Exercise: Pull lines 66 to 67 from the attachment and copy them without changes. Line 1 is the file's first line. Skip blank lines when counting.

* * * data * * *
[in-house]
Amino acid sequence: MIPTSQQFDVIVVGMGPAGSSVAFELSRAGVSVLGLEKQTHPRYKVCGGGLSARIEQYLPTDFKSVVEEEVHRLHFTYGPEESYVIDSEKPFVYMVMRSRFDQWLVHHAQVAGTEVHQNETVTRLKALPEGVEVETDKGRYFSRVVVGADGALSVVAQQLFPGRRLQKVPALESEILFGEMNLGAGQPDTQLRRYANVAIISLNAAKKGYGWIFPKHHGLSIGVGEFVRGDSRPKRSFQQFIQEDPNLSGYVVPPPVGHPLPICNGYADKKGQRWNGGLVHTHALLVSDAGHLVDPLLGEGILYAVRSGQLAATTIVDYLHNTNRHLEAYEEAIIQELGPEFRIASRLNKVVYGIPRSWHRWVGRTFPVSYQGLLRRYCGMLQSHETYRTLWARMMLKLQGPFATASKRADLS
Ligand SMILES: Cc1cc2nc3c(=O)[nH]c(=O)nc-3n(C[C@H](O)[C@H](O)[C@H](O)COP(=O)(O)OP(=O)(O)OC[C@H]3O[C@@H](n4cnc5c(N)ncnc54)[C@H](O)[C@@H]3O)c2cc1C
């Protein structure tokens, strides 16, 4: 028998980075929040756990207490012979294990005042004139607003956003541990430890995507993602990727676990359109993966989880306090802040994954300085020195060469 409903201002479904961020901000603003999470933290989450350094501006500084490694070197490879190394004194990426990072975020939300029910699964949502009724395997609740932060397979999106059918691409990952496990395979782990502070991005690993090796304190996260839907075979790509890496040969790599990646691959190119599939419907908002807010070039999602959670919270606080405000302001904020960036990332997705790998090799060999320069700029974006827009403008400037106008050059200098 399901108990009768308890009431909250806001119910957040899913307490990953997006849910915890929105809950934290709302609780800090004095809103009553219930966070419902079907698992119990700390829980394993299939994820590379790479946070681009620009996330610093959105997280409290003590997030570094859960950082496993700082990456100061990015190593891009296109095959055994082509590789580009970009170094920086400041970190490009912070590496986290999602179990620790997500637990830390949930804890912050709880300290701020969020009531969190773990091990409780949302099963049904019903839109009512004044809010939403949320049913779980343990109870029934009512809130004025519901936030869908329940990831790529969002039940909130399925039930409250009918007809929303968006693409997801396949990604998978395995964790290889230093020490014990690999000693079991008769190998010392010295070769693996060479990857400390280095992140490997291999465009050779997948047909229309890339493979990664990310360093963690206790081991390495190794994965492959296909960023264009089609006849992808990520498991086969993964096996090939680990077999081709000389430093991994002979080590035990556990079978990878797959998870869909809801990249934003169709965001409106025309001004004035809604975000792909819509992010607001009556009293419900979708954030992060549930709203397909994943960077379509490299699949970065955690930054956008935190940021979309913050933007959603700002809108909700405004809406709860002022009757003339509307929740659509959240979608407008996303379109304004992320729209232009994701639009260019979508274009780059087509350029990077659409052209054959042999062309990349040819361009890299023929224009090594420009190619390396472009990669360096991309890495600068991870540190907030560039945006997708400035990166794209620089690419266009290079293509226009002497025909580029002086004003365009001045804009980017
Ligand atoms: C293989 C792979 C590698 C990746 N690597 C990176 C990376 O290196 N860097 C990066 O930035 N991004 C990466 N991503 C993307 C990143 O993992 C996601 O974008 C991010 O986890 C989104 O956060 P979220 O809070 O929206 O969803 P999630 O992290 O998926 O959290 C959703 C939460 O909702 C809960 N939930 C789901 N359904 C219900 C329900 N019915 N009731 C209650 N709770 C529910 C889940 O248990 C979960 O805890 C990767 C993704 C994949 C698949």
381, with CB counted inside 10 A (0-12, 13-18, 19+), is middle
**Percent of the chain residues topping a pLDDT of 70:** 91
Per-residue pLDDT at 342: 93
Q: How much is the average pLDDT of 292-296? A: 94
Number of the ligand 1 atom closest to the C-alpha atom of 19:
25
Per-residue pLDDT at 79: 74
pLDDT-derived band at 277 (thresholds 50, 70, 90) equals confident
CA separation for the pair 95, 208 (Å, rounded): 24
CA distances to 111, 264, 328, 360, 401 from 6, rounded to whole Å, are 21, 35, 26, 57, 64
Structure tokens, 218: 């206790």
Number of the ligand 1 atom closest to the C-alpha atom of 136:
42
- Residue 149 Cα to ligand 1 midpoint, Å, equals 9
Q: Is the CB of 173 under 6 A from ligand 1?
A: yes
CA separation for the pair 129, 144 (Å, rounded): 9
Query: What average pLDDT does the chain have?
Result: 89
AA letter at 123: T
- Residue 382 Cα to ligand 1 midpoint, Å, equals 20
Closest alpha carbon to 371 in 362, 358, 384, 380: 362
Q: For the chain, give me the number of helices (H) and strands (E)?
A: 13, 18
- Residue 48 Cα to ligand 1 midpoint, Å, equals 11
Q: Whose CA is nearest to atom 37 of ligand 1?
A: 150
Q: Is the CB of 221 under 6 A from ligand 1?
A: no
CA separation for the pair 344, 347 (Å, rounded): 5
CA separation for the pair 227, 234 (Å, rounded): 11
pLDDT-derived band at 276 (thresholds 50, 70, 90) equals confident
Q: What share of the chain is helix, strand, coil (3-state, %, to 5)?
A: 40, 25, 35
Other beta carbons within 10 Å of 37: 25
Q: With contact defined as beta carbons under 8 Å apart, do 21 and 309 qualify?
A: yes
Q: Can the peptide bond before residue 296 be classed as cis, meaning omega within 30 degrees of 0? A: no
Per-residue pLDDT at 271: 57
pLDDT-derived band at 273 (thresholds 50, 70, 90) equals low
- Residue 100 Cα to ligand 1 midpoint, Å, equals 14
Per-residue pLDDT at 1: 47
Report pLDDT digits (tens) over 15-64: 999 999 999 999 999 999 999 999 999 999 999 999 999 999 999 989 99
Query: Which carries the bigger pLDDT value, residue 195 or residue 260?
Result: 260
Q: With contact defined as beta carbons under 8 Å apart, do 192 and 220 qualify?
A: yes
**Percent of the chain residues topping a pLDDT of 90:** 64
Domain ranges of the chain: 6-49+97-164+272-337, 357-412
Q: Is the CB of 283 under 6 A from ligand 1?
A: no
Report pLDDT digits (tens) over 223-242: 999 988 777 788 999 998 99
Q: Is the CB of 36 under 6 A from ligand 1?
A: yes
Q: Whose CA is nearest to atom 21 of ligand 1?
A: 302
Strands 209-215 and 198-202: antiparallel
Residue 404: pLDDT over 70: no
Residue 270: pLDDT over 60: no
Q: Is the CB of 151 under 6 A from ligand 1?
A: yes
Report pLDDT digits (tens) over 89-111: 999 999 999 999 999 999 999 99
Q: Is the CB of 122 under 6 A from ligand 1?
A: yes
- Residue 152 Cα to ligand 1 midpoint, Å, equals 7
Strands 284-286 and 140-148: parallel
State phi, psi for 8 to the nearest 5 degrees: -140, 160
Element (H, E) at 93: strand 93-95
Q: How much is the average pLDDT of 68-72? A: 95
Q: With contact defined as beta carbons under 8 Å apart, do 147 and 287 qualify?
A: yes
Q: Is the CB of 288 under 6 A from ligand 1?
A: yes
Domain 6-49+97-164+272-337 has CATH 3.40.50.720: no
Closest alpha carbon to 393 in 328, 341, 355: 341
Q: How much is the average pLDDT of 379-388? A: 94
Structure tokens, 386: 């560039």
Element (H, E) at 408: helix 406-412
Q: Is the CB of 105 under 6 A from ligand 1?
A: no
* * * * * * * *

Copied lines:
A: yes
Report pLDDT digits (tens) over 89-111: 999 999 999 999 999 999 999 99